Retail

Wayfair’s High-Tech Mobile Experience

Wayfair is expanding its use of augmented reality (AR) with the latest round of high-tech upgrades upgrades to its mobile app. Part and parcel of its more comprehensive AR offering, the new app also features a new hub section for the use of all camera-based features within the app and what the online furniture brand calls “Room Planner 3D” to better enable mobile shoppers to fully design their interior spaces and then directly purchase the items they choose, all from their handheld device.

“With more than half of our customers placing orders on a mobile device, we’re thrilled to deliver powerful new tools that make shopping for home even easier, and reflect the evolution of how consumers are shopping for their homes,” Matt Zisow, vice president of product management, experience design and analytics at Wayfair, said in an announcement about the new mobile features. “With the Wayfair mobile shopping app, consumers have the flexibility to discover and visualize their favorite products among millions of options, then design their rooms from start to finish, no matter where they are.”

The new features come as Wayfair has recently rolled out an end-to-end redesign of its app designed to make it a more inviting and desirable shopping destination for consumers.

The Room Planner 3D feature will allow customers to tap into artificial intelligence (AR) to get a better feel for how specific items will look in their personal spaces. The AR capability was in Wayfair’s previous app incarnation, but to make it more flexibly usable customers no longer need to be in the room they want to visualize to use the feature. The 3D room planner allows consumers to snap a photo of the room and use it as a base to swap various looks in an out of. The new feature is called “Interactive Photos” and the hope is that it will allow users to “continue designing whenever inspiration strikes.”

The new 3D offering is one of many enhancements made possible by what Wayfair calls its Integrated Camera app experience. Apart from functioning as a design hub,  Integrated Camera is now also home of the firm’s visual search addition. While using Integrated Camera, shopper can reportedly snap a shot, visually search for items they want, easily toggle over to see how those items will look in their space, and then make a purchase.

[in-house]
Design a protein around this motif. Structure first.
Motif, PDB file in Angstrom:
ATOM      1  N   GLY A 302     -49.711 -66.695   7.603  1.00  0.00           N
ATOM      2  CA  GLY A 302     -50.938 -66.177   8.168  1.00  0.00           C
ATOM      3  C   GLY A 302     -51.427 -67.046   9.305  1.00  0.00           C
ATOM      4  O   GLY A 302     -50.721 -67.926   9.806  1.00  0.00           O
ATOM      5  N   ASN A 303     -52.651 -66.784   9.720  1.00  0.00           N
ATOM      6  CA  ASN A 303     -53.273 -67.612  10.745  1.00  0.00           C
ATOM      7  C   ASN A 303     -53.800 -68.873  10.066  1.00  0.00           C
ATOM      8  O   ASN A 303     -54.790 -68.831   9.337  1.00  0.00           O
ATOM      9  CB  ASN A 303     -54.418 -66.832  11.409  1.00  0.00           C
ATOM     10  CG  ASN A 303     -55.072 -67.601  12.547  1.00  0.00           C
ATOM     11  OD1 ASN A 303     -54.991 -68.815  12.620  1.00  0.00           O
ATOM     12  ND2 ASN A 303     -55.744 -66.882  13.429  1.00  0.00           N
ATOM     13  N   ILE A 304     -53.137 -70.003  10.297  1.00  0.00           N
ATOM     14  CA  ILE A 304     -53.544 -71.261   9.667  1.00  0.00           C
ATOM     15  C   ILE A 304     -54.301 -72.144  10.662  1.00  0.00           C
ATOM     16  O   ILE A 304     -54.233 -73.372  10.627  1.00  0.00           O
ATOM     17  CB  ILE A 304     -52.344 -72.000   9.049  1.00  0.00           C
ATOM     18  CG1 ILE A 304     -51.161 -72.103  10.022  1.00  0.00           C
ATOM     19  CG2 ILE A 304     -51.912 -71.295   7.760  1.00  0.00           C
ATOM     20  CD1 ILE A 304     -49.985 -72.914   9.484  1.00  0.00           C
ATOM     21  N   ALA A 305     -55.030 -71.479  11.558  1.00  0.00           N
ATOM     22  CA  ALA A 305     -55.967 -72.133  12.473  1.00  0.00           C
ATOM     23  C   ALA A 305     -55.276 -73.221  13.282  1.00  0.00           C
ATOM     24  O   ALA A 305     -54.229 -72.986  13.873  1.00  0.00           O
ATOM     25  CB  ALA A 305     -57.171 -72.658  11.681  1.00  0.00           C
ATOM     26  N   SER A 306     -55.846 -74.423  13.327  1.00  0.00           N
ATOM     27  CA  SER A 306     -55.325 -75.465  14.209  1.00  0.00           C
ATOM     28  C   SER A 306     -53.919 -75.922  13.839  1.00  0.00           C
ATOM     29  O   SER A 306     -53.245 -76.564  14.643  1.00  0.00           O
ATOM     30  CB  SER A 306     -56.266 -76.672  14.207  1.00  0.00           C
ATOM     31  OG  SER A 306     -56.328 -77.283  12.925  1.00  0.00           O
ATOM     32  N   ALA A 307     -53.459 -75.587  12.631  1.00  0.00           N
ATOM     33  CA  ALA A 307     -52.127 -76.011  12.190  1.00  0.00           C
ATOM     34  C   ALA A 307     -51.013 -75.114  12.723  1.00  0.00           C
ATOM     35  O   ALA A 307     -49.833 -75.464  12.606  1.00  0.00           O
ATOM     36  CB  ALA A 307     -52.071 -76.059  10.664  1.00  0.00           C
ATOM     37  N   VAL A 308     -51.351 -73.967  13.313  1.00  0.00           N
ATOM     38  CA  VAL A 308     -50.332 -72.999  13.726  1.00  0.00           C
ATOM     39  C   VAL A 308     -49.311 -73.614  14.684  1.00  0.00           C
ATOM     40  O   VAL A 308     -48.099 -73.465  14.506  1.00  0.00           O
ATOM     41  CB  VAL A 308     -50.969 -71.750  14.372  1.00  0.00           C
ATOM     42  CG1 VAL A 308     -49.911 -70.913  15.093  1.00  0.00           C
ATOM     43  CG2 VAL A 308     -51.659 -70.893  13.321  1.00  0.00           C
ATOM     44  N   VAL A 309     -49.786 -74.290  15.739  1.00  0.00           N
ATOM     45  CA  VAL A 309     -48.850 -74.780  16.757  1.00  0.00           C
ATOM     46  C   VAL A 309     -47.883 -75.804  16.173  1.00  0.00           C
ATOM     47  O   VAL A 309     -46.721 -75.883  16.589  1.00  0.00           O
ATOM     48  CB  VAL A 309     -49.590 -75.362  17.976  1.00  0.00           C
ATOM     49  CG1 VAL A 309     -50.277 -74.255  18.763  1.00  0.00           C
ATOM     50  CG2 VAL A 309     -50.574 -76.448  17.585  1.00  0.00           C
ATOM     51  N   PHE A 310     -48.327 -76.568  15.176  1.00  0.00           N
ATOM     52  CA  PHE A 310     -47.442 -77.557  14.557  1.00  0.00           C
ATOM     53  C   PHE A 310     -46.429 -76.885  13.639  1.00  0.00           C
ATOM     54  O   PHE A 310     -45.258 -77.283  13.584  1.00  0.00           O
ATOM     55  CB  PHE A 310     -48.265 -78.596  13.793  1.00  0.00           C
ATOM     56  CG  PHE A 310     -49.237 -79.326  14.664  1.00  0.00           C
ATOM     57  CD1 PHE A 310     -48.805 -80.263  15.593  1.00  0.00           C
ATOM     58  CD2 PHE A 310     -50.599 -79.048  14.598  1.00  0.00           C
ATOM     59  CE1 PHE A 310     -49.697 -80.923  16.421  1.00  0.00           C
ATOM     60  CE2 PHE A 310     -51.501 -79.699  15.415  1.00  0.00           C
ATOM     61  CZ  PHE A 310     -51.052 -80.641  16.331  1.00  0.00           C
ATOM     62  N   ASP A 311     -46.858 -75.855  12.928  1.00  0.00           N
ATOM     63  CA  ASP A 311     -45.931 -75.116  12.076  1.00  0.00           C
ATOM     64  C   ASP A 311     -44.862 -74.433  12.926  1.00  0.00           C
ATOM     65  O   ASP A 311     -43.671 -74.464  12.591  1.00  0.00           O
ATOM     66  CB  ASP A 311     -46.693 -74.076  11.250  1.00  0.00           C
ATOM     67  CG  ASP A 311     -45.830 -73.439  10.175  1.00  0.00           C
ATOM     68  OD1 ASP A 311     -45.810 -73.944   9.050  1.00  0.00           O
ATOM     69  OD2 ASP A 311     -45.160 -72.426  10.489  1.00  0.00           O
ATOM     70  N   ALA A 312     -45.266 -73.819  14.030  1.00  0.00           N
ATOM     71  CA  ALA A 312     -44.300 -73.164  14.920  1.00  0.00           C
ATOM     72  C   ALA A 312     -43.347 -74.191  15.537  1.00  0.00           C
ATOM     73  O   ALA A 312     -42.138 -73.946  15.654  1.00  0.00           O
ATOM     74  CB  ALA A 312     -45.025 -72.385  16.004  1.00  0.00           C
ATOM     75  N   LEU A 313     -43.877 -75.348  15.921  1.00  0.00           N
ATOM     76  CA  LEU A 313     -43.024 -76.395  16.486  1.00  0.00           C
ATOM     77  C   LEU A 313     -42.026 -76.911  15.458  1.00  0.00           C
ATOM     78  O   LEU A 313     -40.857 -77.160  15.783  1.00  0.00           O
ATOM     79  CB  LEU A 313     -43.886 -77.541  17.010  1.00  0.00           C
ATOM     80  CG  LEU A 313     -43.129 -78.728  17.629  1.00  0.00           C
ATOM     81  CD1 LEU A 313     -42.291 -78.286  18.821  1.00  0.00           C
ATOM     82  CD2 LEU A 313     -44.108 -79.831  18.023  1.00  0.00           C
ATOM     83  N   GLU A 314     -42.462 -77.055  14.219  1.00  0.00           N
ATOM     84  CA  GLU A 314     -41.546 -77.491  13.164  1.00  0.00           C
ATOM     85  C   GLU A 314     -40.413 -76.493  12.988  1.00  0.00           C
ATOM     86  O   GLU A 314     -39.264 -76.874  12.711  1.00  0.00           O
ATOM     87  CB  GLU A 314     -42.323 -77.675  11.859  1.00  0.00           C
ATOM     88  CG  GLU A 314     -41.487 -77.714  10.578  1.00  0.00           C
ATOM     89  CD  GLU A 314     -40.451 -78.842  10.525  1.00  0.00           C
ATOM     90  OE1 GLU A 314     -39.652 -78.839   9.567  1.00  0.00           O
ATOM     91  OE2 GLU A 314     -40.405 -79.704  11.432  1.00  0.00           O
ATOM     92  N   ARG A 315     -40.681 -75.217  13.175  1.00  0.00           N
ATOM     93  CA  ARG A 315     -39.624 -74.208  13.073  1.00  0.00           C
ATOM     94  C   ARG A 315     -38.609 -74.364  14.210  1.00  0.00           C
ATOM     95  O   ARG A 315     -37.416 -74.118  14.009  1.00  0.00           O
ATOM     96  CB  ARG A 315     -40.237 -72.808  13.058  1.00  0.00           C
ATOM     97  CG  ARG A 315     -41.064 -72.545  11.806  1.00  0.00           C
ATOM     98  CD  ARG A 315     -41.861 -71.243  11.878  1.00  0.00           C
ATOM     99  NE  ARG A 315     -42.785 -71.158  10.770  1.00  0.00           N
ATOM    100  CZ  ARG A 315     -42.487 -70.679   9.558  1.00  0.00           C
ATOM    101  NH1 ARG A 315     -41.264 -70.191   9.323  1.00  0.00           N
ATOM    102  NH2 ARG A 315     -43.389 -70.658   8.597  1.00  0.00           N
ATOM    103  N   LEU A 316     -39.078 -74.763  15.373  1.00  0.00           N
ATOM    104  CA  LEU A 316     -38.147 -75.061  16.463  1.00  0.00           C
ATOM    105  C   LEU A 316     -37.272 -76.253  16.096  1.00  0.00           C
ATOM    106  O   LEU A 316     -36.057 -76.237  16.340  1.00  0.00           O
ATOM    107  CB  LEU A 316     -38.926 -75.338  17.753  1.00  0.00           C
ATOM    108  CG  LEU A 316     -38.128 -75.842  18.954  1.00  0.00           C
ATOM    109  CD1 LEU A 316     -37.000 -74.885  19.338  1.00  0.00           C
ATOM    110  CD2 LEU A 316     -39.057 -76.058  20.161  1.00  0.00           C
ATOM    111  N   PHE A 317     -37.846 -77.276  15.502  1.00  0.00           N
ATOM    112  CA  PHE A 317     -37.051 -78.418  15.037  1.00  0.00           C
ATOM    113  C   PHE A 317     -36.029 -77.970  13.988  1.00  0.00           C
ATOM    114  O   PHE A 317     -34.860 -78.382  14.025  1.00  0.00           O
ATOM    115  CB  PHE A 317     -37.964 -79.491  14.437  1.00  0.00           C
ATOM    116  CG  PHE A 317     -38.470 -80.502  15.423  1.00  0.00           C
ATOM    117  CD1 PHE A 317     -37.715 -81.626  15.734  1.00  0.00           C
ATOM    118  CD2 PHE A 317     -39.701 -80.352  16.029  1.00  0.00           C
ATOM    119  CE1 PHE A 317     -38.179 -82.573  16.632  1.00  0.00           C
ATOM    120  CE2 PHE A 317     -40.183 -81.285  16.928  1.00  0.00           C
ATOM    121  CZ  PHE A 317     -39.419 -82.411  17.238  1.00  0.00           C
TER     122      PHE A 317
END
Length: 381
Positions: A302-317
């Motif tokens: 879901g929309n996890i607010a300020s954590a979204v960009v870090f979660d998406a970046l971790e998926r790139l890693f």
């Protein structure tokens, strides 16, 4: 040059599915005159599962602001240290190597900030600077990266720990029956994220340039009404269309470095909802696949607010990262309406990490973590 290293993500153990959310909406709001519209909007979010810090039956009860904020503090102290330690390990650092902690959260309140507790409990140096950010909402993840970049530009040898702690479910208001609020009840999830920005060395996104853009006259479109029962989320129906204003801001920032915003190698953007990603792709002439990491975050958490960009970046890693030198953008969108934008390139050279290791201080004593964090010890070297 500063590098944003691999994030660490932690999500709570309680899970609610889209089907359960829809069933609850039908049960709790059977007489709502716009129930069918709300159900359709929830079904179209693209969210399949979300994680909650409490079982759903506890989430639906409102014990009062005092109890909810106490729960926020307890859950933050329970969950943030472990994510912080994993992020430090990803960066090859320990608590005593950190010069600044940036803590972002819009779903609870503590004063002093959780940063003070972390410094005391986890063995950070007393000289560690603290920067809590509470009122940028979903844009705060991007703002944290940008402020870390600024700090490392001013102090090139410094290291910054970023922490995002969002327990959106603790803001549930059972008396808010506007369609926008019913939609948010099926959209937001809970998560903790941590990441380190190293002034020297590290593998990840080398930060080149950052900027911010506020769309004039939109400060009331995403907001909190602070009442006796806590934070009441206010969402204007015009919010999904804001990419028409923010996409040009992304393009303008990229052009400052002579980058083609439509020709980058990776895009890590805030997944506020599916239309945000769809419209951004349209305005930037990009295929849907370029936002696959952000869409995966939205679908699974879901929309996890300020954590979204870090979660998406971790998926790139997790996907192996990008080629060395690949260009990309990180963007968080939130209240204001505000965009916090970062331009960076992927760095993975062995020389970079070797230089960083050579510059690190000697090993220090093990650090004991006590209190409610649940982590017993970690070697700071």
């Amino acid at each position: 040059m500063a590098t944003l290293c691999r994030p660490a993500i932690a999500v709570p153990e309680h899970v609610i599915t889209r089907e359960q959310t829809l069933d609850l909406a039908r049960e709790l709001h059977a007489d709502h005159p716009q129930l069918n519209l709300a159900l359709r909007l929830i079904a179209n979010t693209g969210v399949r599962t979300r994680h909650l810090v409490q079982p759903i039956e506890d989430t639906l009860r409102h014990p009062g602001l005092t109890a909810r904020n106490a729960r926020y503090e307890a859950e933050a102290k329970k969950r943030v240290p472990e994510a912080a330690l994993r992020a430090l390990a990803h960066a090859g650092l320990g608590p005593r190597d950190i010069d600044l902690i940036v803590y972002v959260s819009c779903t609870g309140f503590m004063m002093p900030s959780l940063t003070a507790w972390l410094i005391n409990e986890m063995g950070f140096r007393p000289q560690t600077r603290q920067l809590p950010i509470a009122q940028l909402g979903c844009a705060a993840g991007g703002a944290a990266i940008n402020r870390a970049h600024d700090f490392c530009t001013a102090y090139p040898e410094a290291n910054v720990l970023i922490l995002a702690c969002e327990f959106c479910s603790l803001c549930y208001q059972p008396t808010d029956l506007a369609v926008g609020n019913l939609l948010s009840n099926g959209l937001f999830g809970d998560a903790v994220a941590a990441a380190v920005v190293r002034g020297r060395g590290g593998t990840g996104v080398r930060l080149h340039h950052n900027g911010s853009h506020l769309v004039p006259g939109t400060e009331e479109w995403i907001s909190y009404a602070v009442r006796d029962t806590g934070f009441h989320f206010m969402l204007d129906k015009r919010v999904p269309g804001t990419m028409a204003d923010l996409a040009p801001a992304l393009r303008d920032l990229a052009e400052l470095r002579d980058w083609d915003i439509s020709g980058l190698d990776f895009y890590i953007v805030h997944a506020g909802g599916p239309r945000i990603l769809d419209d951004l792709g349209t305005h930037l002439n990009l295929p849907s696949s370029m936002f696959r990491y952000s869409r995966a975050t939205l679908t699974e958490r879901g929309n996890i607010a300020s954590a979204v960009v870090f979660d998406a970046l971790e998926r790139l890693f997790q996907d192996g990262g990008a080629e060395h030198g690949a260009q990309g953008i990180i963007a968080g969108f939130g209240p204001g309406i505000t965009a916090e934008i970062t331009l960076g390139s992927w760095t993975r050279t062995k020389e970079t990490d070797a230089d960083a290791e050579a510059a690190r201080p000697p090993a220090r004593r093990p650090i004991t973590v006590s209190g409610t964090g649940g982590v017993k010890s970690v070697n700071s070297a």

“At Wayfair, we have always been focused on helping our customers shop for their homes with ease and confidence; technologies like AR and machine learning allow us to do this in elegant and scalable ways,” said Zisow. “With the Wayfair app, shoppers can quickly and easily transform any room in their home from anywhere.”

Wayfair has been a long booster of mobile technology as a mechanism of expansion and growth and was an early adopter of augmented reality technology. Its offerings have markedly improved technologically since those early experiments a few years ago, and the firm noted in its statement about the newest updates and upgrades that if anything its efforts are just getting started in this arena.

“With the latest updates to the Wayfair app, we continue to push the limits of what’s possible by iterating on advanced AR and machine learning capabilities, and introducing new and innovative spatial awareness techniques to an e-commerce experience, bridging the gap between imagination and reality,” Zisow said.

The billion dollar question Wayfair still has to answer, however, is when and if all of its upgrades and innovations will translate into turning a profit in the near future. Despite reporting double-digit revenue growth and an active user base north of 17 million consumers, the brand as of yet has never actually been profitable.

“While Wayfair is expert at driving sales growth, it remains terrible at translating this into profitable gains,” GlobalData Retail Managing Director Neil Saunders told CNBC earlier this year, noting that the firm’s marketing and operational costs had grown to a point that they are out of control and  firm’s already slim margins are being consumed so quickly that it is pushing the company “deep into the red.”

Wayfair, for its part, is sticking by its approach — and planning for a profitable future even if the present is not quite there yet.

“In North America and increasingly in Europe, our investments are paying off in the form of greater scale and higher levels of repeat over time, which tells us our strategy of not timing our investments to any particular quarter is working as intended over the long term,” CFO Michael Fleisher told analysts on a post-earnings conference call. “We expect to stick to this philosophy, and we will not alter our … investments to make any particular quarter more profitable.”

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